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Here By the Sea and Sand
Finally, a Lifehouse to cheer for as Quadrophenia Turns 50
Who’s Next / Life House Super Deluxe edition, The Who
Some box sets clobber you with too much material, others make you want yet more. Across 11 discs on the new Who Who’s Next / Life House Super Deluxe Edition, you dive in hoping for surprise, and instead discover a whole new thread to the Who’s catalog: the connective tissue between 1969’s Tommy and 1973’s Quadrophenia. The former typically gets over-praised, the latter remains vastly underrated. The package also helps explain the onslaught of tracks that appeared between Who’s Next and Quadrophenia with Meaty Beaty Big and Bouncy (1971) and Pete Townshend’s solo effort, Who Came First (1972).
Tommy’s triumph as a concert piece, and the band’s set in 1970’s Woodstock film, delivered them to top-tier status they had chased since 1965’s “My Generation.” And Townshend’s ambitions for his band seemed pulled along by his even larger ambitions for rock itself. There was a period when he must have dreamed only in concept albums.
The original Who’s Next, while classic, reached it final shape only after ditching the larger Lifehouse frame it first came in. Townshend released a version of this back in 2004 (called Lifehouse Chronicles across 6 CDs) that only made Who’s Next sound better. It’s still a matter for discussion whether Townshend even excels in long-form: Tommy has a kitchen-sink plot that turns its protagonist into a Guru who pities his needy followers, but where the story sags the music lurches forward into ever more bighearted refrains. (A major irony of Townshend’s power-chord status stems from how he turned the ringing open-body acoustic into a hard-rock trope: “Pinball Wizard,” “Goin’ Mobile”). Quadrophenia ditches plot for a cubist testimonial.
Townshend’s ambitions for his band seemed pulled along by his even larger ambitions for rock itself.
This box stays afloat on Townshend’s gangbusters guitar work alone, through alternate tracks, or familiar numbers with alternate solos. Like the banjo in “Now I’m A Farmer,” where Townshend barks the word “gourds,” “I Don’t Even Know Myself” has one in its bridge that makes it that instrument sound like his Gibson SG coming up for air. On a lesser number, “Here For More,” he plucks at his Gibson as though it’s a banjo; there’s a vaulting guitar solo in the middle of “Join Together” that was cut for time. (“Water,” once a live staple, has not worn well at all, and not just for its presumptive lyric.) Do banjo players make better rhythm players? How does Townshend’s lead style stem from such finger-picking?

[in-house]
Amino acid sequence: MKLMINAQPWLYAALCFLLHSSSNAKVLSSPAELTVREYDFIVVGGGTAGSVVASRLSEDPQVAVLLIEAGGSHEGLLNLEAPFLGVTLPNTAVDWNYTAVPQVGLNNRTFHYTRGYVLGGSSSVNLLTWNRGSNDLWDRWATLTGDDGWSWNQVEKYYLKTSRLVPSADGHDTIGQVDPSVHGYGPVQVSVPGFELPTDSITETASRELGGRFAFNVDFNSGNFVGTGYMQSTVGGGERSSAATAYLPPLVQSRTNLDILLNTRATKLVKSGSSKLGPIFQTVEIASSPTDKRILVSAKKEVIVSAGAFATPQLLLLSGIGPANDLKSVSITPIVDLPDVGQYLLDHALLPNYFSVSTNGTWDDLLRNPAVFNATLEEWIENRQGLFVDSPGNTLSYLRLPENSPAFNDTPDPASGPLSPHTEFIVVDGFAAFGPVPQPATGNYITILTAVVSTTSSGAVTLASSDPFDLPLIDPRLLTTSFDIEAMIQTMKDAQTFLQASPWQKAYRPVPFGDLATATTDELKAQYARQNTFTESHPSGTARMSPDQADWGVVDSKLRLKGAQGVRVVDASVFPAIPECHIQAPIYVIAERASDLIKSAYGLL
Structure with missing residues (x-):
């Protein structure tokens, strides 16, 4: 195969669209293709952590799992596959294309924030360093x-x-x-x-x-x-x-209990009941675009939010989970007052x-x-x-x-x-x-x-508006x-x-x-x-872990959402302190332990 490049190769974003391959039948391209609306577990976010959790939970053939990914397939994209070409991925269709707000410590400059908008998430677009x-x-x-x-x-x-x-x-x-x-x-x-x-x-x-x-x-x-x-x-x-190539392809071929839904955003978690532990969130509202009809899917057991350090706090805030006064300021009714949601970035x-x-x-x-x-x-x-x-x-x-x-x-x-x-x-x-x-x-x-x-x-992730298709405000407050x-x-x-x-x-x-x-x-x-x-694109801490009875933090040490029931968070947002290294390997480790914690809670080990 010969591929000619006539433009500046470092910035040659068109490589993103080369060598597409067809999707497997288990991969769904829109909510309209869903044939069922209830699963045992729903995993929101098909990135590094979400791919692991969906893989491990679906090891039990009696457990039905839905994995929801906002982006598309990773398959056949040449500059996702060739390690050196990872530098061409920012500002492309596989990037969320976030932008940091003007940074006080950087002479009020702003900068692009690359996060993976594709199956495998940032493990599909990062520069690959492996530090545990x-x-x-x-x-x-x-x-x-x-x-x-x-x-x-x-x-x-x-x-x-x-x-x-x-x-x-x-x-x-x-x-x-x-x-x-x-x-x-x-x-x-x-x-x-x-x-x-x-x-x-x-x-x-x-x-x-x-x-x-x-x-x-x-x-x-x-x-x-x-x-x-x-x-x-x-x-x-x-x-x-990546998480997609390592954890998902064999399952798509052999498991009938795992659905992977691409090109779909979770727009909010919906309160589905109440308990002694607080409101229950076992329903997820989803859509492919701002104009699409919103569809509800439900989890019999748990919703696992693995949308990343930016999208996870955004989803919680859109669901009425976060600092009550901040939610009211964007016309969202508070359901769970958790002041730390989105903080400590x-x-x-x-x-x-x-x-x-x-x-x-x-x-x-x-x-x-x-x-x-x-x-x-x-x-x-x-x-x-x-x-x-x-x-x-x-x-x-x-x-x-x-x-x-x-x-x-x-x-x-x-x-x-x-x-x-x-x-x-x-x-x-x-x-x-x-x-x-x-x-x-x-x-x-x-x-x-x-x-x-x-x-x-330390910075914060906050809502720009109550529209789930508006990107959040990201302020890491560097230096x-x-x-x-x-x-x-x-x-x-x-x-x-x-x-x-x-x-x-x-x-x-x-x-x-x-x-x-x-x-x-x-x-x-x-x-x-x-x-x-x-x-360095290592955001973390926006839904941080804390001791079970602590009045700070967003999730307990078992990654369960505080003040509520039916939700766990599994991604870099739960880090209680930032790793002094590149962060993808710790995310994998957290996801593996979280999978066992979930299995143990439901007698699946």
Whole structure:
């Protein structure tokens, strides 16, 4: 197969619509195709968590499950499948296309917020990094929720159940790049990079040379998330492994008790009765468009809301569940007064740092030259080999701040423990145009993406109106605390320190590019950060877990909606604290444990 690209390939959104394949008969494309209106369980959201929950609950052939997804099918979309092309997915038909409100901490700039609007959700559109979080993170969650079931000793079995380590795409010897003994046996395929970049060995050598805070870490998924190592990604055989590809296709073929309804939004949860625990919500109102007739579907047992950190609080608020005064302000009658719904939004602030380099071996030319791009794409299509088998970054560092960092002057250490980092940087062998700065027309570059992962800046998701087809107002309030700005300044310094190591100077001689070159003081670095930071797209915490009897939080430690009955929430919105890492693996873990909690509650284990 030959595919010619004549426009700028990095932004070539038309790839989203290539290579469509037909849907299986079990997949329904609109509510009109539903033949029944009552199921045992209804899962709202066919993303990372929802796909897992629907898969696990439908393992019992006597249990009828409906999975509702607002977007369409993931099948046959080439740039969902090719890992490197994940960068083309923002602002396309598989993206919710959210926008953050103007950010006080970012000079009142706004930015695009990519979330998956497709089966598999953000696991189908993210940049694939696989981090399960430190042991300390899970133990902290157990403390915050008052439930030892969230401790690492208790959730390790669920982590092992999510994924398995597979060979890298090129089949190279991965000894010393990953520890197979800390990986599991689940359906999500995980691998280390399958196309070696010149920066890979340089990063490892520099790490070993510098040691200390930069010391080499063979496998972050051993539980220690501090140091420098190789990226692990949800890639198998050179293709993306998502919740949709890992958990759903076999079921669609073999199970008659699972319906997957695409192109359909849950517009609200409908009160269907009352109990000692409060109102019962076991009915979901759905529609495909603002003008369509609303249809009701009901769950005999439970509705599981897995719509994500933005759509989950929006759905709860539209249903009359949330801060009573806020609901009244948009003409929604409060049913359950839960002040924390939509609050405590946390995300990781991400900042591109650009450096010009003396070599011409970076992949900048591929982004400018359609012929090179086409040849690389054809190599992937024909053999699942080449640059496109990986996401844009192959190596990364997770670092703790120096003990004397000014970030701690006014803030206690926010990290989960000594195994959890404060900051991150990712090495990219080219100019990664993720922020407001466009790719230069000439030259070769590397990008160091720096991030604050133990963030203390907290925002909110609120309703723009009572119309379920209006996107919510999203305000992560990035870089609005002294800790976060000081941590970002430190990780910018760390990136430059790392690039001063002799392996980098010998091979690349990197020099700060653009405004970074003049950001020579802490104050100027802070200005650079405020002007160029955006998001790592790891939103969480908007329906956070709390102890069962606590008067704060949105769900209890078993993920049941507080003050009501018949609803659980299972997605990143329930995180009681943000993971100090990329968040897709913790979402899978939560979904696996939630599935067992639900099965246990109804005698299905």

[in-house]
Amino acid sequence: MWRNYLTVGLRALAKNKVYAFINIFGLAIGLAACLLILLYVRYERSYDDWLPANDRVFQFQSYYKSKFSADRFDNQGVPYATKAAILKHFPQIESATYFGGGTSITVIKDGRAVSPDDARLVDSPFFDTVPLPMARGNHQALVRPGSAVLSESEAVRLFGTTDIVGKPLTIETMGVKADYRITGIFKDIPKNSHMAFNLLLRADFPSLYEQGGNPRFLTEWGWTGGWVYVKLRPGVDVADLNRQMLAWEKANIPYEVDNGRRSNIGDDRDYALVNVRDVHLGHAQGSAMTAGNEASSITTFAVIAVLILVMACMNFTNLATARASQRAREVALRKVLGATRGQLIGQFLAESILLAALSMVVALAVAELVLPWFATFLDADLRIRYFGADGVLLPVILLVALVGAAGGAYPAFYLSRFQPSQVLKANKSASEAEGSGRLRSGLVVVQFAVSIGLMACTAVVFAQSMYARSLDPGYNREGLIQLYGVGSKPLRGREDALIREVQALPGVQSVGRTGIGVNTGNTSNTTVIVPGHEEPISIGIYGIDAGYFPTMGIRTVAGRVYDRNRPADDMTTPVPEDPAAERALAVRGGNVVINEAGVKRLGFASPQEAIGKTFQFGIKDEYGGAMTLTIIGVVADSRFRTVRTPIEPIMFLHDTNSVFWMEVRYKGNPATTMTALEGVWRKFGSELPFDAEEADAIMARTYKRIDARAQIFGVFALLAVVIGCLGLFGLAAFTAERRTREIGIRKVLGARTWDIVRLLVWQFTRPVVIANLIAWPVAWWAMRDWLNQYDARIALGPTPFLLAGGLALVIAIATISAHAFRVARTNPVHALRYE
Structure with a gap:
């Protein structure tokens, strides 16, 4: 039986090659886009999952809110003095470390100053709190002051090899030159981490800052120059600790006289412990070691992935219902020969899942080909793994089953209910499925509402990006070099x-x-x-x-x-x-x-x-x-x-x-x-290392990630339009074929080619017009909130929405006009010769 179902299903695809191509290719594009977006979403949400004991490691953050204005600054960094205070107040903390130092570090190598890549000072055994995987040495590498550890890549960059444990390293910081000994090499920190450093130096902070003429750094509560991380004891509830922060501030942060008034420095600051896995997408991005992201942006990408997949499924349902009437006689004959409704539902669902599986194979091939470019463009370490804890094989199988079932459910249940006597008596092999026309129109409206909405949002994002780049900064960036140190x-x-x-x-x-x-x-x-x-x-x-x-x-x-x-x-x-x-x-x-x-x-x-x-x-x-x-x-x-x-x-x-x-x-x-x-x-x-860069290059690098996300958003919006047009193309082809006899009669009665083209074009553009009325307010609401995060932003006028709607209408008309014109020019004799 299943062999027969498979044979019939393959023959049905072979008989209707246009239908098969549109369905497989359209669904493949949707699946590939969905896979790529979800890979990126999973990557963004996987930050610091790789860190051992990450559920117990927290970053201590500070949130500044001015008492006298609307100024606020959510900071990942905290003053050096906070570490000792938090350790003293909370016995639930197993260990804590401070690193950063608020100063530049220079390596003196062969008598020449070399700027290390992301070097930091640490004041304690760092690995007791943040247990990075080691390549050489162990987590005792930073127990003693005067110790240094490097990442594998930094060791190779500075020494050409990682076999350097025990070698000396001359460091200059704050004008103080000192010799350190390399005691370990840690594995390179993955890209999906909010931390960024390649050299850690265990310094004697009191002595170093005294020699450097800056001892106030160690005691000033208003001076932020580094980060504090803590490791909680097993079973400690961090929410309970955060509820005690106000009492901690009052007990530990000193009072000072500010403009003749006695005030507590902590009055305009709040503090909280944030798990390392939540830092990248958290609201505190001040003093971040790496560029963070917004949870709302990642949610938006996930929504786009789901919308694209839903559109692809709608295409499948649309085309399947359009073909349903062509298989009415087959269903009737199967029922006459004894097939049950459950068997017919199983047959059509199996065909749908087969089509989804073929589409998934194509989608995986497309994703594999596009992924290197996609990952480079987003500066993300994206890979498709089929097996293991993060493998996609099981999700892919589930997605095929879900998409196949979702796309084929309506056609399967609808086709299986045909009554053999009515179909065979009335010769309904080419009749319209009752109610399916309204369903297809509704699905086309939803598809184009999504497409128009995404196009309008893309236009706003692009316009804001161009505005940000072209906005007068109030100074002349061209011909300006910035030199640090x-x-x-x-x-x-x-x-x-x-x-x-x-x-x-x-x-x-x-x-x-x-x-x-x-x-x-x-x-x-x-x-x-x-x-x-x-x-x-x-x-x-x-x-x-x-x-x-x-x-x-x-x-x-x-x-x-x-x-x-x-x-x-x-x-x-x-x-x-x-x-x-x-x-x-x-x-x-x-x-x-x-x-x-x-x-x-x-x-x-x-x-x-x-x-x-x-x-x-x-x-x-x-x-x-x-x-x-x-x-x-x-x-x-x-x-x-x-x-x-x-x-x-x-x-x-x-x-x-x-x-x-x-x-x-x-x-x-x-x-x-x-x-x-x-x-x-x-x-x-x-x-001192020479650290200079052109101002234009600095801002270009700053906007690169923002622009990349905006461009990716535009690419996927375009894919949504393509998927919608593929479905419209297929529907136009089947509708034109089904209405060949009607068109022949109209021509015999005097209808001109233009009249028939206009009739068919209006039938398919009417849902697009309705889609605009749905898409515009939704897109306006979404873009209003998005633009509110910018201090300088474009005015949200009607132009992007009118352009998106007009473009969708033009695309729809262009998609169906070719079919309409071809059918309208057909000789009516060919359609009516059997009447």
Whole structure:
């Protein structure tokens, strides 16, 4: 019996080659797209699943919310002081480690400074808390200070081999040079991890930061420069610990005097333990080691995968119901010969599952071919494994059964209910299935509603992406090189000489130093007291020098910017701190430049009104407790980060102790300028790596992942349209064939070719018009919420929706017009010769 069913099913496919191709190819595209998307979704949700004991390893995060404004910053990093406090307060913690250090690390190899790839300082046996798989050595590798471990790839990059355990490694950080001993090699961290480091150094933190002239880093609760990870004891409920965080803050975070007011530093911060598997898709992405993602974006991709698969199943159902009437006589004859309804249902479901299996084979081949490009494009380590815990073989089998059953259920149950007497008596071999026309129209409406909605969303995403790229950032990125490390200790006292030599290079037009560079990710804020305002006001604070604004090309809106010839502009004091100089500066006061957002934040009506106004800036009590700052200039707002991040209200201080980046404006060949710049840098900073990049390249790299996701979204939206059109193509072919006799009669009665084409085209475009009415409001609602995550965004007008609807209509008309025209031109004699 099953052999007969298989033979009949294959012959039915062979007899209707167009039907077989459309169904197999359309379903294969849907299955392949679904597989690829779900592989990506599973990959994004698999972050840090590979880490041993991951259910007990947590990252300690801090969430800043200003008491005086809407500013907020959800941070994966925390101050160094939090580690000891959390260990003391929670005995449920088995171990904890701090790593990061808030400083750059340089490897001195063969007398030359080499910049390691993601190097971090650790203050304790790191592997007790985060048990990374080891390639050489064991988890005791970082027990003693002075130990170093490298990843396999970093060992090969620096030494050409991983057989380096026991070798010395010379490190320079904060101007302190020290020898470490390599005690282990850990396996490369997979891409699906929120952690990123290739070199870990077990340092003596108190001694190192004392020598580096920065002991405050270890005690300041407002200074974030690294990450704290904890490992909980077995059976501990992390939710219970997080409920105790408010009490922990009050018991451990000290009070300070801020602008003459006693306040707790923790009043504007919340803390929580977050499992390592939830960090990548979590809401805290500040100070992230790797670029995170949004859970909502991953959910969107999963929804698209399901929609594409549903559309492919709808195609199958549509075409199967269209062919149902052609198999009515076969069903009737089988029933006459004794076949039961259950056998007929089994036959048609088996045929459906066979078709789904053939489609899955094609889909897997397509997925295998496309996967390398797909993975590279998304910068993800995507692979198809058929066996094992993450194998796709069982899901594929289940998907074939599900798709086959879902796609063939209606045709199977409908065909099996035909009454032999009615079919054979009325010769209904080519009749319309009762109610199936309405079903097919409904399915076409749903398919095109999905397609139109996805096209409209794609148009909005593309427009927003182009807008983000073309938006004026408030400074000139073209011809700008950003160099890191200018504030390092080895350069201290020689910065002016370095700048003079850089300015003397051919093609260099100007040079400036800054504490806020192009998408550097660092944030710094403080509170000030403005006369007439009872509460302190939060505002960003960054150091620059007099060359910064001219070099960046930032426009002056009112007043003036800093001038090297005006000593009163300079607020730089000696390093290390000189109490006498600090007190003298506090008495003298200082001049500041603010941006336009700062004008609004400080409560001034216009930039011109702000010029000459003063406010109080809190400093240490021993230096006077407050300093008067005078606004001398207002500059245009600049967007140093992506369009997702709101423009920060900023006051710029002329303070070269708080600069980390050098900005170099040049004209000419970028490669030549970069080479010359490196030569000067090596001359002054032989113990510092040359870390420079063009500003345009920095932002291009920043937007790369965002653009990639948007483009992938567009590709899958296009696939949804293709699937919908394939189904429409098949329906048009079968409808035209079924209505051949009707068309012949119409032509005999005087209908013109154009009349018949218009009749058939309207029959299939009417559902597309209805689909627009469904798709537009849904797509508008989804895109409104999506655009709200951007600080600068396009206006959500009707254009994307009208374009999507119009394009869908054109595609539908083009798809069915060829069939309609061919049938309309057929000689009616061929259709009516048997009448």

And as the style’s leading guitar-rock thinker, Townshend writes beautifully for the grand piano. The master track to “Song Is Over” (Disc 5/11), features Nicky Hopkins, the Who’s fifth member, (keyboardist behind The Beatles’ “Revolution” and the Rolling Stones’s “Monkey Man”). Instead of sounding like vocal bedding, it soars like a concerto, a cascading loop that turns its I-V-IV progression into a revolving door of mounting tensions.
Producer Glyn Johns’s makes his presence felt through invisible cuts. Across all these B sides and outtakes, the best versions stand out by miles, and the edits lock in like fate. That guitar fanfare that opens “The Seeker” once sported an extra four bars, but the “radio” edit turns it into a freakishly gnarly act of brevity.
Discs 9 and 10 land on two concerts from 1971, the first from London’s Vic in April, the second from San Fransisco’s Civic Auditorium, which includes selections from Tommy. The first live rendition of “Pure and Easy” sallies forth with wings blazing, and works better than the Townshend “demo” and the band’s arrangement on MBB&B tracks would suggest. You can almost hear the tide coming in.
Stephen Thomas Erlewine, from “Time Is Passing” in his So It Goes newsletter: “A dynamic, possibly prescient concept, Lifehouse inspired passionate, thoughtful songs but Townshend lacked a crucial element: he couldn't wrangle his ideas into a narrative, not even one as mushy as the one that drove Tommy.”
Caryn Rose in Pitchfork (because of course she’s writing this up for Pitchfork): Lifehouse “has always been Townshend’s great white whale, a lost epic that he has revisited multiple times, trying to finally get it right…”
The Who.com: official site
the best part of breaking up
As we approach peak breakup season (two weeks before New Year’s), I fleshed out a breakup playlist—so beat the rush. You never forget what kinds of songs help you through those romantic gutters: some sly covers by singers I love (Dylan singing “I Could Have Told You”), stray originals that deserve more attention (Elvis Costello’s “Just a Memory”), prominent artifacts that never struck me as “breakup” songs until now (“Nothing Compares to You”), and buried comic delirium (Paul McCartney’s “Oh Woman Oh Why“).